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Dr. Algirdas Makarevicius

Language Use in Context


Comparison of Chinese and Western Cultures


It is not possible to learn to speak another language well without learning a great deal about its culture. Conversational rules are specific to a given language just as much as the grammatical rules are. We can see this in a process as basic as greetings. For instance, the way English-speaking people greet a friend is rather fixed. In most cases, people use very familiar expressions like






Good morning!


How nice to see you!


On other occasions, you might hear something a little less common, such as


Well, if it isn’t my friend Ron!


This couldn’t be true!


Fancy meeting you here!


The above greetings are all examples of phatic communion, or talk that has very little content and that is performed only for the sake of politeness and establishing the channel of communication. After all, the phrase “good morning” will be used no matter what kind of morning it seems to be, good or bad. In terms of register, we would say that in phatic communion the field  (or “what”) is devoid of content and the focus is on the tenor (or “who”), in terms of establishing a basic contact for interpersonal communication.


Phatic communion is also important in the type of casual conversation known as “small talk”. Suppose you and a stranger are waiting at a bus stop for a long time. How long will it take before the two of you start complaining about the bus service? The complaint is an instance of phatic communion. Once the bus comes, it is likely that you will get on and stop even looking at each other.


Often when strangers find themselves sitting together on a train they feel the need to say something. Again, the sense of what topic is acceptable is culturally determined. The British are well-known for talking about the weather. Chinese in the same situation are likely to complain about bureaucracy, mismanagement and official corruption.


This may all sound quite simple and familiar to you, but there are some subtleties that might not be apparent at first. For example, consider the stage of phatic communion that comes right after the initial greeting in English. After saying Hi, Hello, or Good Morning, conversations in English are likely to move on to the following exchange:


A: How are you?

B: Pretty good, thanks. And you?

A: Fine, thank you.


The great majority of the responses will simply say “fine” or “Pretty well”, “OK”, “Not bad”, “Great”, etc.


It would not be acceptable to treat this seriously as a question and give either a long response or one that is in any way negative, such as recent health difficulties.


Another subtlety which students of English often get mixed up has to do with the difference between greetings and introductions. For example, what is the proper response when you meet a person for the first time and he or she says, How do you do? – You probably know that you should not answer this question Fine, or Thanks. Instead, the proper response is to repeat the same question, How do you do? Or to say It’s nice to meet you. Here the interrogative-form sentence How do you do? And the statement-form sentence It’s nice to meet you, have exactly the same discourse meaning. They are both formulas for a special type of phatic communion that occurs only when meeting a person for the first time.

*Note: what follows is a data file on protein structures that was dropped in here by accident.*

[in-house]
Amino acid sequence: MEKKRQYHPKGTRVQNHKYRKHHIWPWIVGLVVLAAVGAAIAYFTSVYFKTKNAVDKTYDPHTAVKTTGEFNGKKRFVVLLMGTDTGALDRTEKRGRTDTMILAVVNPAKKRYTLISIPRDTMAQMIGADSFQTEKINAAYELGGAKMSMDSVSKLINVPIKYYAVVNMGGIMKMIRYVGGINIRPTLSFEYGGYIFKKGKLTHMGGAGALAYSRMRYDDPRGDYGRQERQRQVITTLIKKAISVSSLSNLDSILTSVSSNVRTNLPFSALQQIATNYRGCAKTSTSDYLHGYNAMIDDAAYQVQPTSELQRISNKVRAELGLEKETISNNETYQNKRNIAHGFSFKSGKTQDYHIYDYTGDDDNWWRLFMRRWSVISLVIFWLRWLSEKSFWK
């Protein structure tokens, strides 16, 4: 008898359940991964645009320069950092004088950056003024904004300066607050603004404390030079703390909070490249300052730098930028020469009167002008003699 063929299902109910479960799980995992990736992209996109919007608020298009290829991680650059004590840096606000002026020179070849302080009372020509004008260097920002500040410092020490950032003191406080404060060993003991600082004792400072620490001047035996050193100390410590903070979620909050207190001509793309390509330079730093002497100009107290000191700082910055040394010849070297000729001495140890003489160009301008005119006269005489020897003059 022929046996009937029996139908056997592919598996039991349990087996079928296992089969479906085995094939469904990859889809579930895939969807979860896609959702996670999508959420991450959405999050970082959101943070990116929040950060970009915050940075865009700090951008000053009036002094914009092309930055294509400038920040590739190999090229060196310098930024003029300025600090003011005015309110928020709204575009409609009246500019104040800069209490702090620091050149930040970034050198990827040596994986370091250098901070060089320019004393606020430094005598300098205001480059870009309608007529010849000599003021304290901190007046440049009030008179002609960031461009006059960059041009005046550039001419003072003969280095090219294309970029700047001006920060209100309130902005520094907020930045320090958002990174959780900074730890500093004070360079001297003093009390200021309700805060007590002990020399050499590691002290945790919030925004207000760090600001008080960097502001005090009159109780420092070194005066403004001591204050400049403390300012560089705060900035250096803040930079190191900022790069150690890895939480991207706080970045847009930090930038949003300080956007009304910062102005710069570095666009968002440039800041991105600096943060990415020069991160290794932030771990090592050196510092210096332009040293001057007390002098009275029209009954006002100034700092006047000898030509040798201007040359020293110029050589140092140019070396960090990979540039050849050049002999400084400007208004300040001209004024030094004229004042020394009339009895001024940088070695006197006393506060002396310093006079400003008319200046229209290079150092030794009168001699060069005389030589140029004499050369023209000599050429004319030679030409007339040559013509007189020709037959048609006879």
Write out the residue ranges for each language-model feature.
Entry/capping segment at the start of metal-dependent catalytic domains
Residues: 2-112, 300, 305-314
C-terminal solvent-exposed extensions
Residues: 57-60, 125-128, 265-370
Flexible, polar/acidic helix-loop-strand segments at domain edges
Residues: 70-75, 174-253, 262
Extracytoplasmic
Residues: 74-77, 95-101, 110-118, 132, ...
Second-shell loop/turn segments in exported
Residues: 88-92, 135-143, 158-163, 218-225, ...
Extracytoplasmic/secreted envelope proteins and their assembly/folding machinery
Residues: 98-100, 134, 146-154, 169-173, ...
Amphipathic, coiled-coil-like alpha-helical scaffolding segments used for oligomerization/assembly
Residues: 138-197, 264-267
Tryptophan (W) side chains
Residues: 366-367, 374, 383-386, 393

On every subsequent meeting, even if a long time has passed, you must use a different set of formulas. With someone you have met before, the interrogative-form question changes to How are you? (or How are you doing?) and the statement-form question changes to Nice to see you. Many Chinese students, even those who have a very strong command of English vocabulary and grammar, will persist in the mistake of greeting friends with the expression, Nice to meet you. This is unfortunate because it makes the impression right at the beginning of the conversation that the speaker does not really have a command of English discourse rules.


You might find all of this somewhat bewildering or off-putting.  And some students, on learning the discourse rule that How are you? Must be answered with a positive answer, say that it shows English speakers to be insincere people.  That is a dangerous attitude to take. It would be better to simply accept that different cultures have different ways of doing things. And you will find that the system of greetings in Chinese is no more or less logical or “sincere” than that in English. It is best to respect the differences between any two languages and cultures.


How do we greet people in Chinese? – Of course the most common greeting is Ni hao!, which students of Chinese find easy to learn. However, we also use some greetings that do not translate very easily into English. For example, it would sound strange if we greeted foreign students and teachers at a party either of the following:


You have come.


You are here.


They might well think: “Why is he saying that? Of course I’ve come. Should I have stayed away?”


Similarly, a Chinese college student may see her American teacher on the street and greet her by saying:


Where are you going?


If the teacher is kind enough as not to be offended that you seem to be poking into her business, she will likely take your words at their sentence meaning (which, in English, would be the same as their discourse meaning) and stop to explain whatever errands she is running. After all, she has no way of knowing that in doing so she is forcing you to listen to things you never intended to hear.


Another expression used in many Chinese dialects is the following:


A: Have you eaten?

B: Yes, and you?

A: Yeah.


Here, the rule is very similar to the English rule about answering “How are you?” The discourse rules require you to respond by saying either “Yeah” or “In a moment. If you say “No”, you put the other person in an embarrassing situation where the pressure is on them to offer to take you home for a meal.